See you next week, Celebrationists!

Week 42 – Little Bits of Fearfulness

Hi there, Celebrationists.  Writing you today from Rolla, MO. Hope your Monday is going great.

  1. I’m grateful for a wonderful date night this week with a certain fella.  Indian food and a period play? Yup.
  2. I’m grateful for the chance to reunite with some wonderful “old friends” this past week, and meet some lovely new ones, while reading a couple of great plays. A joyful experience all around.

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3. I’m grateful to have my own quiet little apartment less than a block from the theater, for the next 7 weeks

Today I’ve been thinking a lot about fear.

This morning I allowed myself a glorious hour of kindle-reading-time (as opposed to mercilessly drilling lines the whole time) during my flight from New York to St. Louis.

I was going back through a favorite book – Brene Brown’s Daring Greatly, (which I mentioned back in my book recommendations post). Do you ever re-read a passage of something and think….yeah. There is not one thing I needed to hear today more than I needed to hear this.?  I felt like that today.

Check out this quote, if you will.  I recommend letting it wash over you in whatever way it does, and then taking it again and going through it slowly.

(the act of) “Daring Greatly is not about winning or losing. It’s about courage.  In a world where scarcity and shame dominate, and feeling afraid has become second nature, vulnerability is subversive.  Uncomfortable. It’s even a little dangerous at times.  And, without question, putting ourselves out there means there’s a far greater risk of feeling hurt.  But as I look back on my own life and what Daring Greatly has meant to me, I can honestly say that nothing is as uncomfortable, dangerous, and hurtful as believing that I’m standing on the outside of my life looking in and wondering what it would be like if I had the courage to show up and let myself be seen.” – Brene Brown

Re-read that last bit.  It’s something, right?

Maybe it strikes me so potently because at the end of the day I really identify as a person who is afraid a lot. And a hardcore worrier.

In elementary and middle school, I was never the straight-A student who loved all (or any) of her classes, I was the one faking a menagerie of illnesses in the nurse’s office in an effort to be sent home.  The kid who saw a child psychologist, quit dance because the teacher scared her, and went to the “reading and math van.”  The child who sobbed her way through swimming lessons and never learned to swim properly despite the fact that both her mother and sister are life guards. I have many childhood memories that are like these, and I mention them because – I did not come into this planet hard-wired with any desire, penchant, or knack for Daring Greatly.

Looking again at the end of that quote, the “standing on the outside of my life looking in and wondering what it would be like if I had the courage to show up and let myself be seen?” I can only think….yes. I’ve been in that place so many times.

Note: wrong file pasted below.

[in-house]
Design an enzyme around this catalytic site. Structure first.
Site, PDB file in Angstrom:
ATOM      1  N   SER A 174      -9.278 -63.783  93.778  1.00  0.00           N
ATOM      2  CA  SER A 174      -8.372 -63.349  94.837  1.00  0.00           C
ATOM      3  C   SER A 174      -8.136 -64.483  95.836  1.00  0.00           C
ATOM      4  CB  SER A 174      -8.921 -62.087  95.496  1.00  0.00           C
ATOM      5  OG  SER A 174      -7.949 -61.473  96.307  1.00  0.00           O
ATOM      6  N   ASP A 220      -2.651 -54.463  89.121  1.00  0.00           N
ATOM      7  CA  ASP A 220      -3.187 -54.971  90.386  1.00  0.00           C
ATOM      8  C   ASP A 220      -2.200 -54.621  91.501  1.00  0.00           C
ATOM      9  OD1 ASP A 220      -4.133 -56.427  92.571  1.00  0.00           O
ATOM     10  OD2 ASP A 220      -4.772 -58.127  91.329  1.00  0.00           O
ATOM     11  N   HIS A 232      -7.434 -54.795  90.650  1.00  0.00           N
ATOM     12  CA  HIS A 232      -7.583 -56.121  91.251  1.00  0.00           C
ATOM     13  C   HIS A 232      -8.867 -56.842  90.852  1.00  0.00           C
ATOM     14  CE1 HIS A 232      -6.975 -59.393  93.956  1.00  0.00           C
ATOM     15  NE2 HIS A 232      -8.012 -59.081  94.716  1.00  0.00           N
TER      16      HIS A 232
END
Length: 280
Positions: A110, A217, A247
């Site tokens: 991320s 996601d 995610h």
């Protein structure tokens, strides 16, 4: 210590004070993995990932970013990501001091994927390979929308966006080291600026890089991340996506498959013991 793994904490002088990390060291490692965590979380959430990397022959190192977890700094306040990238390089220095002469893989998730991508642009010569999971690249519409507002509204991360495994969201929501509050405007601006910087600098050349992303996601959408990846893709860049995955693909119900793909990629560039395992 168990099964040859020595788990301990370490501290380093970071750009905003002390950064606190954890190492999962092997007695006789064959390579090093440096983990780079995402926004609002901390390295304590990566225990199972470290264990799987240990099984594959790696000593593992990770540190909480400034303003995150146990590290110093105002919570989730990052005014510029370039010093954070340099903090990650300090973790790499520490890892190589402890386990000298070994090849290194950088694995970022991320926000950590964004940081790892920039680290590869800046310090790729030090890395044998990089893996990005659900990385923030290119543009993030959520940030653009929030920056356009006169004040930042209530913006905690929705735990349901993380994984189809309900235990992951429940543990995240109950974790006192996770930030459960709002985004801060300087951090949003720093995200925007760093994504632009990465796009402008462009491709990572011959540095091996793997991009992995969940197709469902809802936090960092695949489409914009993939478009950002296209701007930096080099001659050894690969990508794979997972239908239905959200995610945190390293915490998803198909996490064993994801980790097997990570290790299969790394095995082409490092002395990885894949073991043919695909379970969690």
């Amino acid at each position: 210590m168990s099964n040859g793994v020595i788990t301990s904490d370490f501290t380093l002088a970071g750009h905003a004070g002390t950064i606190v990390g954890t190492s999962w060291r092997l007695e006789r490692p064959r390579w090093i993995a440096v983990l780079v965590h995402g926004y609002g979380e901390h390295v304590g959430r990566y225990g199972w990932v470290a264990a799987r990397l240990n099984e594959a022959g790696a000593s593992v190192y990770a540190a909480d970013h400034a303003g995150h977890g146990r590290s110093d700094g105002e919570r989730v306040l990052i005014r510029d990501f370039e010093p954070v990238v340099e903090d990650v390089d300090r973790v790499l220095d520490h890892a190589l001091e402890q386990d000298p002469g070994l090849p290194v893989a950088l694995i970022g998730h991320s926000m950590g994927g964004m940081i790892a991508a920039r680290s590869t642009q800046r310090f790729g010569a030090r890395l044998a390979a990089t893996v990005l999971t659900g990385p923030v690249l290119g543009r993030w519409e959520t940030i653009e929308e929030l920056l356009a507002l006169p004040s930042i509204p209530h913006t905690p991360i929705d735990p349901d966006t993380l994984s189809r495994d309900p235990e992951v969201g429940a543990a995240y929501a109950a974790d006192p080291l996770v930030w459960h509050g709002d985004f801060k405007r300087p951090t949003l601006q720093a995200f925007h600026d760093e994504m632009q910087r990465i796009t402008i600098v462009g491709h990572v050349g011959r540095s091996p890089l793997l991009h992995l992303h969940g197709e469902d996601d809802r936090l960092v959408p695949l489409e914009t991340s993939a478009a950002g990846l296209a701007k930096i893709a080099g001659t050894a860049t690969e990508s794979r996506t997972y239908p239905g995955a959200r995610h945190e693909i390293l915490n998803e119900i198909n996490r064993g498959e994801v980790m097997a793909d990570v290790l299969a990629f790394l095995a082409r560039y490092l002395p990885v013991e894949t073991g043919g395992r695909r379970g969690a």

Fear is a funny thing.  In another (new) favorite book of mine – Take the Stairs by Rory Vaden, he says “FEAR stands for False Evidence Appearing Real. That is almost always what fear is.  It’s a fictional story written by our own minds.”  He goes on to say that action is the cure for fear.

I spent many years being afraid to do anything I wasn’t already good at. So I stopped doing a lot of things. Or just stopped trying very many new ones.  This is still an impulse I have to challenge myself on, daily.  And I’d say I’m about 50% at it.  On an intellectual level I understand that action is the answer to anything that makes us feel afraid, but it’s so stinkin’ vulnerable, isn’t it? There are some aspects of my life in which I (somewhat) consistently accept the challenge for action…and others where I really, really struggle.

I’ve always identified closely with the title song from the Sondheim musical Anyone Can Whistle.  Part of it goes:

Anyone can whistle,
That’s what they say-
Anyone can whistle
Any old day-
It’s all so simple:
Relax, let go, let fly.
So someone tell me why
Can’t I?
I can dance a tango,
I can read Greek-
I can slay a dragon
Any old week-
What’s hard is simple.
What’s natural comes hard


For some reason, I can be fearless about things like packing up my life and moving for awhile to a city where I know no one, but doing something like… playing a board game in a social setting makes my particular fear-gremlins climb onto my shoulder and ask whether I’m really smart enough to hold my own. Will I make a fool of myself, say something stupid, not know something that I “should,” or do who knows what? That may sound silly, but maybe you have some version of this yourself?

I hope you’ll join me this week, dear Celebrationists, in challenging ourselves to show up and be seen. To dare greatly. To feel the shame, the fear, the whatever, and just do it anyway. To not be a bystander in our own life.  Today I’m going to leave you with this little gem that my boyfriend found, and shared with me. It’s pretty wonderful.